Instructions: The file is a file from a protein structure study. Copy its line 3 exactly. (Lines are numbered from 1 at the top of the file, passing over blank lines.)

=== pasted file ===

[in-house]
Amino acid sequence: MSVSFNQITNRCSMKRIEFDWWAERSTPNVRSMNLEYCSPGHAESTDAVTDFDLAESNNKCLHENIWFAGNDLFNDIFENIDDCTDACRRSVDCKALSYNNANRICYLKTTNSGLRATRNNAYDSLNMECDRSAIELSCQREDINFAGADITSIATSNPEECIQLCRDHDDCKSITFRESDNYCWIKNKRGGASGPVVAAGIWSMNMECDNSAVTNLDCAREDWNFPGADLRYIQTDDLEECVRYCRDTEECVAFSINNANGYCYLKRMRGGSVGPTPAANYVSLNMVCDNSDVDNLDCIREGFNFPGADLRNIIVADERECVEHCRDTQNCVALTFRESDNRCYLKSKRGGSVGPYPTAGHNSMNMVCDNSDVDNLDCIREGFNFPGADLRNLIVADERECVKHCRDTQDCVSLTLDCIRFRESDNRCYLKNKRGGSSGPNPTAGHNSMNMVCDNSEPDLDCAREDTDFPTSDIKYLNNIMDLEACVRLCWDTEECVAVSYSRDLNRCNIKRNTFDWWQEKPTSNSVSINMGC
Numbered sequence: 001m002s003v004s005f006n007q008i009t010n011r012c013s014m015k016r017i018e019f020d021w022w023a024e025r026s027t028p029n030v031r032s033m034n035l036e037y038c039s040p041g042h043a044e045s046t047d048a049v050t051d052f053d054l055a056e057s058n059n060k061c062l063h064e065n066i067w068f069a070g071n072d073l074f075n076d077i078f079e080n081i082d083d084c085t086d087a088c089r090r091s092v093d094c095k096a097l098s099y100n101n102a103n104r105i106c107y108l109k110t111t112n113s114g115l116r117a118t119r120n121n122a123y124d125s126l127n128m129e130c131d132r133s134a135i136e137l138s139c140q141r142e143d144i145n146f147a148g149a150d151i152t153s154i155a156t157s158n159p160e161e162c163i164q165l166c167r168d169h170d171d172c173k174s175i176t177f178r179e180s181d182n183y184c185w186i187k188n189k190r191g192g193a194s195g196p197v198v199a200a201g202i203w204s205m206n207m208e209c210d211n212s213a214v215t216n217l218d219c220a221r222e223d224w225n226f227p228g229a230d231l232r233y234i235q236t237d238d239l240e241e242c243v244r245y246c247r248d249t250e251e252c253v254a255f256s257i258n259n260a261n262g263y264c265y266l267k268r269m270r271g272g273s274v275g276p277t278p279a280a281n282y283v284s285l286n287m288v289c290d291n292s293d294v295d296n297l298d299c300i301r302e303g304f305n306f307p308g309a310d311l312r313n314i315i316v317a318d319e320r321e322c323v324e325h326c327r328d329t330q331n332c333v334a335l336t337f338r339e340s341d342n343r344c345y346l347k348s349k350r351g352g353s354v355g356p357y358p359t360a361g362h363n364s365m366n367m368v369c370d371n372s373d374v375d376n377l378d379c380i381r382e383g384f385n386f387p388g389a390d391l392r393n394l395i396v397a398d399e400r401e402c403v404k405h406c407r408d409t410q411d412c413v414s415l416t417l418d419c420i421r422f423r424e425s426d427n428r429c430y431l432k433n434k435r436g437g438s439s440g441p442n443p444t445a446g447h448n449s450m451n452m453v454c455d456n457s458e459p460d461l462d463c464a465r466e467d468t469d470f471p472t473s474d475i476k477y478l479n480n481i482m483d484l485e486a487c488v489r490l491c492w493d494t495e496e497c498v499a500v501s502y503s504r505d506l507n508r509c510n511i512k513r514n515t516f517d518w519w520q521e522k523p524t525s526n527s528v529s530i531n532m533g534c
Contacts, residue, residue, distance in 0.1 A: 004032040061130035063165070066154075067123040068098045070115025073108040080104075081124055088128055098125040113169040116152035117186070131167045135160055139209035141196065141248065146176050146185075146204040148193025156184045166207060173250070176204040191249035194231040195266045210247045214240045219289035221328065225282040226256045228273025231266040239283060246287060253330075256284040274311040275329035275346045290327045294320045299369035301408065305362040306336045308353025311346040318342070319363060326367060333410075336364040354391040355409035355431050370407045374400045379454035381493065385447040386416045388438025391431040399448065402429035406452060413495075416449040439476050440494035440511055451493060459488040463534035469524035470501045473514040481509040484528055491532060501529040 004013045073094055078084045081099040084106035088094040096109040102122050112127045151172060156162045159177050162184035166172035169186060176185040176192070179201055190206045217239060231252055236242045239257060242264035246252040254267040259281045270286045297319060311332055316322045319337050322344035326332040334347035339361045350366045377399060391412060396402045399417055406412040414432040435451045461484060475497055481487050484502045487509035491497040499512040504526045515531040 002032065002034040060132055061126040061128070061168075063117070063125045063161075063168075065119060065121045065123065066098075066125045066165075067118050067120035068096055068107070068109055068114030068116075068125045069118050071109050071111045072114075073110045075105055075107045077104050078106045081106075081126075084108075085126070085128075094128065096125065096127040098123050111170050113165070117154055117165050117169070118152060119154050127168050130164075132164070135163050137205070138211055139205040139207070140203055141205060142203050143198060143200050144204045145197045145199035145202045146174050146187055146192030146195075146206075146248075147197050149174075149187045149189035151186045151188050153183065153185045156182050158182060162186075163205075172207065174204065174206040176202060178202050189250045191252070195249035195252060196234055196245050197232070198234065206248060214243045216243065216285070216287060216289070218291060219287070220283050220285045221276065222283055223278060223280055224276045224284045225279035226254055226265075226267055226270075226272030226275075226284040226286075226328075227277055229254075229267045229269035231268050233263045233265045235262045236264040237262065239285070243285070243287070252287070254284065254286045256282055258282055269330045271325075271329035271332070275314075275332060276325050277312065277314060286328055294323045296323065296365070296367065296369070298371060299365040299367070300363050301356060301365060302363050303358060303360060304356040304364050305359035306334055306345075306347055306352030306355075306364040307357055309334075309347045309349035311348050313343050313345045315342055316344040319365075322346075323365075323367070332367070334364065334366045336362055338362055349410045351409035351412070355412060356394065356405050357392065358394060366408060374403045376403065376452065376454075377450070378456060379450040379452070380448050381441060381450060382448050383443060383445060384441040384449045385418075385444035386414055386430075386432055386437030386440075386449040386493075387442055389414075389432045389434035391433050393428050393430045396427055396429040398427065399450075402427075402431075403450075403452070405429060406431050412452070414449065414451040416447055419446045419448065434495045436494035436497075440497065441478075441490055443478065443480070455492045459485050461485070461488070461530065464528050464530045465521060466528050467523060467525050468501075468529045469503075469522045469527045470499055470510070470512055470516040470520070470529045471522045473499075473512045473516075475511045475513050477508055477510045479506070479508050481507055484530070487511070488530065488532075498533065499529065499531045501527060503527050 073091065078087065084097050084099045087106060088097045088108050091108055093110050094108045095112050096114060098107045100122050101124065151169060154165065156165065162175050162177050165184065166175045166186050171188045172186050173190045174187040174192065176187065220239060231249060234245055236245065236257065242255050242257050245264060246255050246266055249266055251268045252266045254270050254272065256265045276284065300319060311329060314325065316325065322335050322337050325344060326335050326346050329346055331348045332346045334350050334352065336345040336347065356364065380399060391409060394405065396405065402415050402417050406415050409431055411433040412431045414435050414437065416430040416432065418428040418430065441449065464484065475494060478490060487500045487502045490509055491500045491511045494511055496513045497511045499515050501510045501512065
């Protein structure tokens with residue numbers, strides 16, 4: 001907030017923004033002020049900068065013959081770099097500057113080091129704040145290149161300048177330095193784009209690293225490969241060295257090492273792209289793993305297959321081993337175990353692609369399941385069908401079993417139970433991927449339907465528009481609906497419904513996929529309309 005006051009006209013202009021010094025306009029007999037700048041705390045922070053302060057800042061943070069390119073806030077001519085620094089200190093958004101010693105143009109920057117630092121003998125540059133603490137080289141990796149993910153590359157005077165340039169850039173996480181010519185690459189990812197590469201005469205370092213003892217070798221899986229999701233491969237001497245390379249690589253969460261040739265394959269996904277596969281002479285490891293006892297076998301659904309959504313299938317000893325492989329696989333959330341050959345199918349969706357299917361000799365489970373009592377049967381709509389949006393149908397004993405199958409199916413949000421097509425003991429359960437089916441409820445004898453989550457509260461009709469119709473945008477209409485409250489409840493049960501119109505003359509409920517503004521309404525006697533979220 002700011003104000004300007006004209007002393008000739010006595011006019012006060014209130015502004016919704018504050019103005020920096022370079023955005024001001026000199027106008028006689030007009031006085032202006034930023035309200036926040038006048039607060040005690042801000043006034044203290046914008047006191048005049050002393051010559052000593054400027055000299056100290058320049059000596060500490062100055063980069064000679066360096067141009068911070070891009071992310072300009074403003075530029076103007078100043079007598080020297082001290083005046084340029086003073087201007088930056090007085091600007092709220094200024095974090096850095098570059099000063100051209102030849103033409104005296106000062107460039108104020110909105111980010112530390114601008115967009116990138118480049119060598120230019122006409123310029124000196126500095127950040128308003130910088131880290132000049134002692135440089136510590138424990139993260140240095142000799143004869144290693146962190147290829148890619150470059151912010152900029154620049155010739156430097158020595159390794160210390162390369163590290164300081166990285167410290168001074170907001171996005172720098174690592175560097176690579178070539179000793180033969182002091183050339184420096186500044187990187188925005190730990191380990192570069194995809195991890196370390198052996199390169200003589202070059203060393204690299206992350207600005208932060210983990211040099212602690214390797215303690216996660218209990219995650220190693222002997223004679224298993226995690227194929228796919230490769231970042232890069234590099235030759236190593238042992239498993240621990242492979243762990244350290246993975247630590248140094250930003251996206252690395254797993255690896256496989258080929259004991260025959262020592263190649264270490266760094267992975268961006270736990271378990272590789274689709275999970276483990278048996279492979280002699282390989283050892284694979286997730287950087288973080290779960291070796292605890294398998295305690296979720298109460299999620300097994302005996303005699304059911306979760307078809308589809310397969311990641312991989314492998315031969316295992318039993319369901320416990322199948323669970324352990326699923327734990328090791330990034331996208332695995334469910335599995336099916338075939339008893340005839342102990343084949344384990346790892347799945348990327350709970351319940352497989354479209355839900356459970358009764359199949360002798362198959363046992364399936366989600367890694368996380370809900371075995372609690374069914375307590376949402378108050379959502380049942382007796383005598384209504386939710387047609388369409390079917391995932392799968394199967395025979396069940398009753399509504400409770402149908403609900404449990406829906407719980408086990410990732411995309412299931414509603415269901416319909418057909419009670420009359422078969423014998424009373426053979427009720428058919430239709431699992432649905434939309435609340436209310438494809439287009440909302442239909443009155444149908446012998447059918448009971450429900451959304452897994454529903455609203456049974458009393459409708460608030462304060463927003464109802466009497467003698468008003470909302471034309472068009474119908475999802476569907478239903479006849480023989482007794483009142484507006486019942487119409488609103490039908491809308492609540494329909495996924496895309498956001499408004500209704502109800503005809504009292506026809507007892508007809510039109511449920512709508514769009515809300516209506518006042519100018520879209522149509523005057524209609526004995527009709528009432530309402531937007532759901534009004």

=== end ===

Numbered sequence: 001m002s003v004s005f006n007q008i009t010n011r012c013s014m015k016r017i018e019f020d021w022w023a024e025r026s027t028p029n030v031r032s033m034n035l036e037y038c039s040p041g042h043a044e045s046t047d048a049v050t051d052f053d054l055a056e057s058n059n060k061c062l063h064e065n066i067w068f069a070g071n072d073l074f075n076d077i078f079e080n081i082d083d084c085t086d087a088c089r090r091s092v093d094c095k096a097l098s099y100n101n102a103n104r105i106c107y108l109k110t111t112n113s114g115l116r117a118t119r120n121n122a123y124d125s126l127n128m129e130c131d132r133s134a135i136e137l138s139c140q141r142e143d144i145n146f147a148g149a150d151i152t153s154i155a156t157s158n159p160e161e162c163i164q165l166c167r168d169h170d171d172c173k174s175i176t177f178r179e180s181d182n183y184c185w186i187k188n189k190r191g192g193a194s195g196p197v198v199a200a201g202i203w204s205m206n207m208e209c210d211n212s213a214v215t216n217l218d219c220a221r222e223d224w225n226f227p228g229a230d231l232r233y234i235q236t237d238d239l240e241e242c243v244r245y246c247r248d249t250e251e252c253v254a255f256s257i258n259n260a261n262g263y264c265y266l267k268r269m270r271g272g273s274v275g276p277t278p279a280a281n282y283v284s285l286n287m288v289c290d291n292s293d294v295d296n297l298d299c300i301r302e303g304f305n306f307p308g309a310d311l312r313n314i315i316v317a318d319e320r321e322c323v324e325h326c327r328d329t330q331n332c333v334a335l336t337f338r339e340s341d342n343r344c345y346l347k348s349k350r351g352g353s354v355g356p357y358p359t360a361g362h363n364s365m366n367m368v369c370d371n372s373d374v375d376n377l378d379c380i381r382e383g384f385n386f387p388g389a390d391l392r393n394l395i396v397a398d399e400r401e402c403v404k405h406c407r408d409t410q411d412c413v414s415l416t417l418d419c420i421r422f423r424e425s426d427n428r429c430y431l432k433n434k435r436g437g438s439s440g441p442n443p444t445a446g447h448n449s450m451n452m453v454c455d456n457s458e459p460d461l462d463c464a465r466e467d468t469d470f471p472t473s474d475i476k477y478l479n480n481i482m483d484l485e486a487c488v489r490l491c492w493d494t495e496e497c498v499a500v501s502y503s504r505d506l507n508r509c510n511i512k513r514n515t516f517d518w519w520q521e522k523p524t525s526n527s528v529s530i531n532m533g534c